It’s actually a pretty compelling plot, not without some goofy turns, but it feels ambitious and complete.  I’d be curious to know just how much Frank (The Shawshank Redemption, The Mist) Darabont contributed to the script, but it’s a decent effort and head and shoulders above the previous sequel.  There are some downsides, of course.  Heather Langenkamp just isn’t a great actress, and her turn here as Nancy is frequently awkward.  Craig Wasson appears to be forever teetering on the brink of confusion.  The kids, on the other hand, are pretty damn good.  Patricia Arquette has a shrill scream that belongs in this sort of film, and an early performance by Jennifer Rubin as Taryn is also noteworthy.  Throw in Laurence Fishburne as the kindly orderly Max, and the return of John Saxon as Nancy’s pop is a blast.

The effects hold up well, too, especially the creative uses of Freddy in various forms, the first time in the series Freddy finds himself morphing into a variety of guises to stalk his victims.  The whole movie plays down the straight horror of the original to tell a more fun adolescent adventure.  The themes of youth versus authority and faith versus science pop up, but the movie never feels distracted from moving the plot along to the fairly satisfying ending.  The revelations of Freddy’s parentage leads to the best line of the film (“The bastard son of a hundred maniacs.”) and don’t feel like a reach, and the moment when Freddy reveals the fates of his victims is sufficiently creepy.  Also, there’s a hokey reunion between Nancy and her father that ends in a nice, dark surprise.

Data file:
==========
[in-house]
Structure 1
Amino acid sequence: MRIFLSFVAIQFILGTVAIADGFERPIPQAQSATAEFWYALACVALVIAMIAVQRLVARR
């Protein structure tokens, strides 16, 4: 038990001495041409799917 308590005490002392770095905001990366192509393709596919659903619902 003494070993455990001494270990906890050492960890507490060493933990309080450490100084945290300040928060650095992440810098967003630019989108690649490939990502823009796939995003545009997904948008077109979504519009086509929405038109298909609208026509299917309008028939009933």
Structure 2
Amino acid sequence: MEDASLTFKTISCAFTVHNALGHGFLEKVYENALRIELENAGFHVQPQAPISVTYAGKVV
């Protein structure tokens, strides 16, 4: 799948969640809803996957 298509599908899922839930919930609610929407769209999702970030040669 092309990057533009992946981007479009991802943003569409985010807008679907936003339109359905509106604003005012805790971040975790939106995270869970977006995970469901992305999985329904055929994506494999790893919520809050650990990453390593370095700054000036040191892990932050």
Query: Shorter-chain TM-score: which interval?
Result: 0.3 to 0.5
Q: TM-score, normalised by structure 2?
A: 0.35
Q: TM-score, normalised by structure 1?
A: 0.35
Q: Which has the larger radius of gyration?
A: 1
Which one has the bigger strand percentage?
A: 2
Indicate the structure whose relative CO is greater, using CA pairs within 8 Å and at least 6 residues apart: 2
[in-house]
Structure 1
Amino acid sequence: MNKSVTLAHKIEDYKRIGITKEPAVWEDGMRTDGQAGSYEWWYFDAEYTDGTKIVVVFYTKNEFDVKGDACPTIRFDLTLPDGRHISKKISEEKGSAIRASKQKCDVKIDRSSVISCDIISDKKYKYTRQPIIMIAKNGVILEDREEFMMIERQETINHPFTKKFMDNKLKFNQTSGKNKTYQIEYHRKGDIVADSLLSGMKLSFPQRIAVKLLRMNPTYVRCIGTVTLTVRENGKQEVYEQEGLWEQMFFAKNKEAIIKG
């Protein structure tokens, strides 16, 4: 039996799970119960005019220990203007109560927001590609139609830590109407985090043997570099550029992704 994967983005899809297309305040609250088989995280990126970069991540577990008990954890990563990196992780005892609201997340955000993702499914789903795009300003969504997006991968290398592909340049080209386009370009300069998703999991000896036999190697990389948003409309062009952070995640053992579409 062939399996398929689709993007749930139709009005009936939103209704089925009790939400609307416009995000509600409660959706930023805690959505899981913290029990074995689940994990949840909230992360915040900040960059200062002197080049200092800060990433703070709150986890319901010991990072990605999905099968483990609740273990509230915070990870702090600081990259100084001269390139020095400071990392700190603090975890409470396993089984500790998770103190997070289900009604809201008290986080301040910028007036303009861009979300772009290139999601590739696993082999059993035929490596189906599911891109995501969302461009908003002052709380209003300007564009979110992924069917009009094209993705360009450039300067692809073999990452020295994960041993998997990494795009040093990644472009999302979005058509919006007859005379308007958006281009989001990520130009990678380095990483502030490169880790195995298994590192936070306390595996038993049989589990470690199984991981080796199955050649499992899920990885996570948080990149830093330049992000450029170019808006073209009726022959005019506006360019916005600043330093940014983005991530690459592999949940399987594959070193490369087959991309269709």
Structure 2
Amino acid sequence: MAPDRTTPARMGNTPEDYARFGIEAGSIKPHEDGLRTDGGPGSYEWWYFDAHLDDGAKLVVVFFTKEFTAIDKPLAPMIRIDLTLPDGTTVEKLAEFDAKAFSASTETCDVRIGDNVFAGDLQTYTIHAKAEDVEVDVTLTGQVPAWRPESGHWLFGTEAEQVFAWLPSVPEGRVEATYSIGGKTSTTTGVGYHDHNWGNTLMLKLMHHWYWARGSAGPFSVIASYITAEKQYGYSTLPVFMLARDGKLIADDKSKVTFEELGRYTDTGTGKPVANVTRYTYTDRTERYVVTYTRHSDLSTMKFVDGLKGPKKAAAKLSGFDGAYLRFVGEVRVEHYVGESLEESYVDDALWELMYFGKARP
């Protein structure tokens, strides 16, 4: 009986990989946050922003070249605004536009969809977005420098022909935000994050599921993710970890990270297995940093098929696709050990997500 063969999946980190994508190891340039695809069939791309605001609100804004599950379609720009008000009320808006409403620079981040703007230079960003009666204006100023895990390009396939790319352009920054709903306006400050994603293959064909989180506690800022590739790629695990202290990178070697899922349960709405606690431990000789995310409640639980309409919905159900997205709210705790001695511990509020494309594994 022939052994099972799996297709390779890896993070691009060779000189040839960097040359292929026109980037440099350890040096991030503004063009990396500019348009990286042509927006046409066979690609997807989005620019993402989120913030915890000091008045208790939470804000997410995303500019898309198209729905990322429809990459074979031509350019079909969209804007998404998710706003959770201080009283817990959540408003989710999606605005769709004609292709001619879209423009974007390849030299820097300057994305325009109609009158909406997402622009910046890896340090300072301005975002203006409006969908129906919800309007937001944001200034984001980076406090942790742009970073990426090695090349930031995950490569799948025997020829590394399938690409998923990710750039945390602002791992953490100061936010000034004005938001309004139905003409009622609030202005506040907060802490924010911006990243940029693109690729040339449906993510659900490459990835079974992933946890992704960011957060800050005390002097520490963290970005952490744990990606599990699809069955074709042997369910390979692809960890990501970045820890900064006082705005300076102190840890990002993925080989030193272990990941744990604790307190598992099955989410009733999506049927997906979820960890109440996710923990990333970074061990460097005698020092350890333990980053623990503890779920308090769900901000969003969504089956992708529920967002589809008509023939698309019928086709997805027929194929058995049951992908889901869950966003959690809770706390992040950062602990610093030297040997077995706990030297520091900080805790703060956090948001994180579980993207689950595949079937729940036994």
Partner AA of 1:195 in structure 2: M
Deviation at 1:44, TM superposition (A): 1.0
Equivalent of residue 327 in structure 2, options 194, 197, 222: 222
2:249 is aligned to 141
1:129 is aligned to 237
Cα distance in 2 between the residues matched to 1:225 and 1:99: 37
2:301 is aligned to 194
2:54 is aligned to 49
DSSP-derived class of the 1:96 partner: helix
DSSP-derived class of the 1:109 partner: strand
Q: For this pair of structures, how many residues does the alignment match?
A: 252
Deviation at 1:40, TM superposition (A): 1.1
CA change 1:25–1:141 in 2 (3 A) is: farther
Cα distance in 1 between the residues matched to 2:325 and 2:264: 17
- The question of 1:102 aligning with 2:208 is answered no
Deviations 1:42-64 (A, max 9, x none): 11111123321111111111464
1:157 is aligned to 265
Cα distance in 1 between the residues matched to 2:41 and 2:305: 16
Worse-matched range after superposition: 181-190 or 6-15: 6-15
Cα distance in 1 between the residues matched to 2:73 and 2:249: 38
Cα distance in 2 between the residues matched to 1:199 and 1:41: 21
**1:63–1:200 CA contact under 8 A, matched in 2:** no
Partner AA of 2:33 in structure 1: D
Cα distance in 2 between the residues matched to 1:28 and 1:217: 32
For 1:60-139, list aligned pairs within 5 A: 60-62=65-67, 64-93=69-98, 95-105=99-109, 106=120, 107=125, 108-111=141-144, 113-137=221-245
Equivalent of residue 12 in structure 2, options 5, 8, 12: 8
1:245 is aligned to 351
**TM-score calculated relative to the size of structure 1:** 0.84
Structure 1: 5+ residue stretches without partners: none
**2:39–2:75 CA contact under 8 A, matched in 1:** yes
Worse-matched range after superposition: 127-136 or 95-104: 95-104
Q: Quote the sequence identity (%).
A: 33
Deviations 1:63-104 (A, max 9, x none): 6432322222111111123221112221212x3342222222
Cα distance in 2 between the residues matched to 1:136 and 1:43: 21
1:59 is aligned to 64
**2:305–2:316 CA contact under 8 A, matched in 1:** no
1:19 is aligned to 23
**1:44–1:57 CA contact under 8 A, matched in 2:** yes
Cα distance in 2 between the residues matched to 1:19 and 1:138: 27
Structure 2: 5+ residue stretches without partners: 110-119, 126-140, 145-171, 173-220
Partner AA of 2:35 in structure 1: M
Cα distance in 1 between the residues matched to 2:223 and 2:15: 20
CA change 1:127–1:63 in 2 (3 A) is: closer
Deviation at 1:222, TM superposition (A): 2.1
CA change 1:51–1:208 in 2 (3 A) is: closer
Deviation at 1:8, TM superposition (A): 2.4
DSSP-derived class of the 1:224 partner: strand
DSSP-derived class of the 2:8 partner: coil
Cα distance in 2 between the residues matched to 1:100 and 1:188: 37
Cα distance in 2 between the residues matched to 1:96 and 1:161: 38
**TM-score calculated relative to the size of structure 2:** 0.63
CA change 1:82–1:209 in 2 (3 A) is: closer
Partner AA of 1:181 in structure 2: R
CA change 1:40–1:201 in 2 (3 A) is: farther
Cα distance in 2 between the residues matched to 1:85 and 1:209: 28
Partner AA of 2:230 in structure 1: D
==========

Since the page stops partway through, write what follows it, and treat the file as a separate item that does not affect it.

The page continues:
I feel like Dream Warriors is one of the more successful sequels in the realm of horror, if flawed and a bit dated.  The schlocky subtitle aside, the series could and should have ended here.  It was a fitting resolution and offered real fun.  This isn’t a movie I see myself returning to again and again, but every decade or so, it may just find its way into the DVD player to remind myself that not every film from childhood is worse than you remember, and that Dokken still rocks.


Find out why Bo still suffers from night sweats after so many years after Dream Warriors by listening to the podcast below, downloading it here, or heading to iTunes! (Welcome to team Natsukashi , Bo!)